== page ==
When Hockenberry brought his first state collateral attack, a petition for post-conviction relief in the trial court, that court held that he could not assert a claim based upon the issue of the 1989 blood test because he failed to raise that issue on direct appeal. See Hockenberry v. Illinois, No. 88 CF 611 (McHenry County Circuit Court Nov. 6, 1991). Following the state trial court's denial of his petition for post-conviction relief, Hockenberry made several attempts in the Illinois court system to obtain relief. None of the courts that considered his claim, rested its decision on the merits of his claim that the state used perjured evidence regarding the January 1989 blood test. Therefore, Hockenberry failed to raise this issue in the manner required by the Illinois courts and the last Illinois court to consider his claim relied upon Hockenberry's omission to deny him the relief he sought. Thus, he has procedurally defaulted. Ylst v. Nunnemaker, 501 U.S. 797, 801 (1991).

Because Hockenberry procedurally defaulted, a federal court will not reach the merits his petition unless he can show cause for failing to bring his claim and prejudice from the alleged constitutional error, or that he is factually innocent of the crime for which he was convicted. Harris v. Reed, 489 U.S. 255, 262 (1989); Cawley v. Detella, 71 F.3d 691, 695 (7th Cir. 1995). In the present case Hockenberry has shown neither cause nor prejudice, nor has he made a colorable showing of actual innocence. Hockenberry's explanation for waiting until after his direct appeal had been denied to bring the claim regarding the blood test, was that he had not yet obtained records from the hospital. However, he has not explained why he could not have obtained these records prior to bringing his direct appeal. Moreover, the hospital records that he later introduced did not significantly bolster his argument that no blood test was performed in January 1989. Therefore, he did not have a good reason for not bringing his claim on direct appeal even if he did not have access to the hospital records. With regard to prejudice, the testimony that Hockenberry's claims is false, played such a tangential role in the case, that we do not see how it could have affected the proceeding.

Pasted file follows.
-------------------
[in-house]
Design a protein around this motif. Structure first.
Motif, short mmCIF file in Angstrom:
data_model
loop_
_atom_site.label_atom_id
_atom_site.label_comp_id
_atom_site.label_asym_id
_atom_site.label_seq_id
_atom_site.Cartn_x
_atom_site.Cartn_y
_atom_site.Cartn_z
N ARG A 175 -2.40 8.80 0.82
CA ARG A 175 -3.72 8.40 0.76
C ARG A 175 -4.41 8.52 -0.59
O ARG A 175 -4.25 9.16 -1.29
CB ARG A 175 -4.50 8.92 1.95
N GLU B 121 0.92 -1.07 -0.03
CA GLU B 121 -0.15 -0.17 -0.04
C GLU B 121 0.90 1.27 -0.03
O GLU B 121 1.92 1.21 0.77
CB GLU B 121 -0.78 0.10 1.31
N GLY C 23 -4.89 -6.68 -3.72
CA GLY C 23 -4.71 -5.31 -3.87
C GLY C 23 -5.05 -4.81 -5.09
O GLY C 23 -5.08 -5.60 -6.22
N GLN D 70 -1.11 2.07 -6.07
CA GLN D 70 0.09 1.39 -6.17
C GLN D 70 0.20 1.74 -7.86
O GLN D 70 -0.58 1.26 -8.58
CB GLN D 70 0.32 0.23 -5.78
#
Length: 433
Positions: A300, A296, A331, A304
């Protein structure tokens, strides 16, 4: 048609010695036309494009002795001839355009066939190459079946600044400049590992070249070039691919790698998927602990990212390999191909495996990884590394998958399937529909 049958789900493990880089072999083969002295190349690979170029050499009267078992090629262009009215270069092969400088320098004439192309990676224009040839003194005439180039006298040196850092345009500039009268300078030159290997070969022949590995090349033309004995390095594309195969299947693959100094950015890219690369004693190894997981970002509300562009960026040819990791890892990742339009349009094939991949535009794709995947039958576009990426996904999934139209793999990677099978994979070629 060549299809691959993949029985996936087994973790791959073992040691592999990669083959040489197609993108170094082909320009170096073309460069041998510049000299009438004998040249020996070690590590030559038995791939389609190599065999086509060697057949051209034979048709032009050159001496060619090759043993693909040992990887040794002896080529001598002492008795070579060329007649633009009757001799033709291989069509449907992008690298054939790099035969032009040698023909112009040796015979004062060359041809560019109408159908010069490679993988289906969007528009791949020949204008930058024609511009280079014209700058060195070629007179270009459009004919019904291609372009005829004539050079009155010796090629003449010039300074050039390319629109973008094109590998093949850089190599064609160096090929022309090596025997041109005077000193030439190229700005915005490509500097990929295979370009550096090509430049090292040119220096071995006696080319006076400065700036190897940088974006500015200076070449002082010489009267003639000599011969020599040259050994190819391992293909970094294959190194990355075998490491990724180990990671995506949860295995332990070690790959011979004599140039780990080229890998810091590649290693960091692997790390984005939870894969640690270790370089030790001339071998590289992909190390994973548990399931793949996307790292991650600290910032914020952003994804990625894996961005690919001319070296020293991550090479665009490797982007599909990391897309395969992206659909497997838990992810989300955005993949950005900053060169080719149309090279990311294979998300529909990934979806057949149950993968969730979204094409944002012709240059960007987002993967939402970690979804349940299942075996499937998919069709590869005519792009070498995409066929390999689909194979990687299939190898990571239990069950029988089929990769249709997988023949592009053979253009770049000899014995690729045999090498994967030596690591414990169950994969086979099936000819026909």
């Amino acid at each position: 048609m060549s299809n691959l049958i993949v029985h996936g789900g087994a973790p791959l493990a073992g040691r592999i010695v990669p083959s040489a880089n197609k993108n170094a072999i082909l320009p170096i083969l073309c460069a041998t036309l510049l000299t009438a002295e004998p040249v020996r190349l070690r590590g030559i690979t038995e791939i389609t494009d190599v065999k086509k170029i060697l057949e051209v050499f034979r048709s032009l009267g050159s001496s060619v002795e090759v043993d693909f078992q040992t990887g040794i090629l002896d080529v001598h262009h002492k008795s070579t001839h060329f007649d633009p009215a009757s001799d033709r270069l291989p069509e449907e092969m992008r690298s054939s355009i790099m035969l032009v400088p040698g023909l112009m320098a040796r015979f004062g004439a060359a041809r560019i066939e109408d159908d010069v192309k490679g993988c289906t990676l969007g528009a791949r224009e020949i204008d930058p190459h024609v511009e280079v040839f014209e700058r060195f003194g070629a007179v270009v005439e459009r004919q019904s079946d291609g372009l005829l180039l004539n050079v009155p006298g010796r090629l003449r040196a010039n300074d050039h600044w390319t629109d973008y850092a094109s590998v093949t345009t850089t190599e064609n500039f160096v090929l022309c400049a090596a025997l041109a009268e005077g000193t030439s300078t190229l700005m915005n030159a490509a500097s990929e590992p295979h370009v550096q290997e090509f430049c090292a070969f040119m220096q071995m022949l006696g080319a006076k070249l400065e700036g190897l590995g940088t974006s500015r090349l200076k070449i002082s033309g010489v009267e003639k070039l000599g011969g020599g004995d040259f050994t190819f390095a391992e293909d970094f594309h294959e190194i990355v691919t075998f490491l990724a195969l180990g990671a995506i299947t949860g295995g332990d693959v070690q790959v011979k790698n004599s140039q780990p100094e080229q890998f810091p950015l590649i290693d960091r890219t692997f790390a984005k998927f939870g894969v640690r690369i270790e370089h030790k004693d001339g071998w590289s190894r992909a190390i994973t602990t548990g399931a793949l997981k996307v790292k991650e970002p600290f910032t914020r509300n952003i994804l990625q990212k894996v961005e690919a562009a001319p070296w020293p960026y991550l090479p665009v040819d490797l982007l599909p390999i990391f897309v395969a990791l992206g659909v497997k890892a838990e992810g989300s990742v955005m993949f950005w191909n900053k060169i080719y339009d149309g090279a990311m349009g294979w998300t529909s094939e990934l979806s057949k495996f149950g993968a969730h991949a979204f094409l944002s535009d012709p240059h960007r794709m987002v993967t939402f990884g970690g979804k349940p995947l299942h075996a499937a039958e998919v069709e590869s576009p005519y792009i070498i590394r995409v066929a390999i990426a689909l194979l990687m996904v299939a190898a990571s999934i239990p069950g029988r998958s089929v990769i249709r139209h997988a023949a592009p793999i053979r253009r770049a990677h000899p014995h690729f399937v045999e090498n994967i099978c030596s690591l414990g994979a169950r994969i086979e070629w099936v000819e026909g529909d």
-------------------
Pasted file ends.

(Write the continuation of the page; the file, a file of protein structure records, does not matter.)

Hockenberry does not claim that he is actually innocent of the crime. Moreover, there was sufficient evidence of Hockenberry's guilt, for us to conclude that the alleged error did not result in the conviction of an innocent man. Therefore, this exception to procedural default is also unavailable to Hockenberry.



After an examination of the briefs and the record, we have concluded that oral argument is unnecessary and the appeal is submitted on the briefs and the record. See Fed. R. App. P. 34(a); Cir.R. 34(f)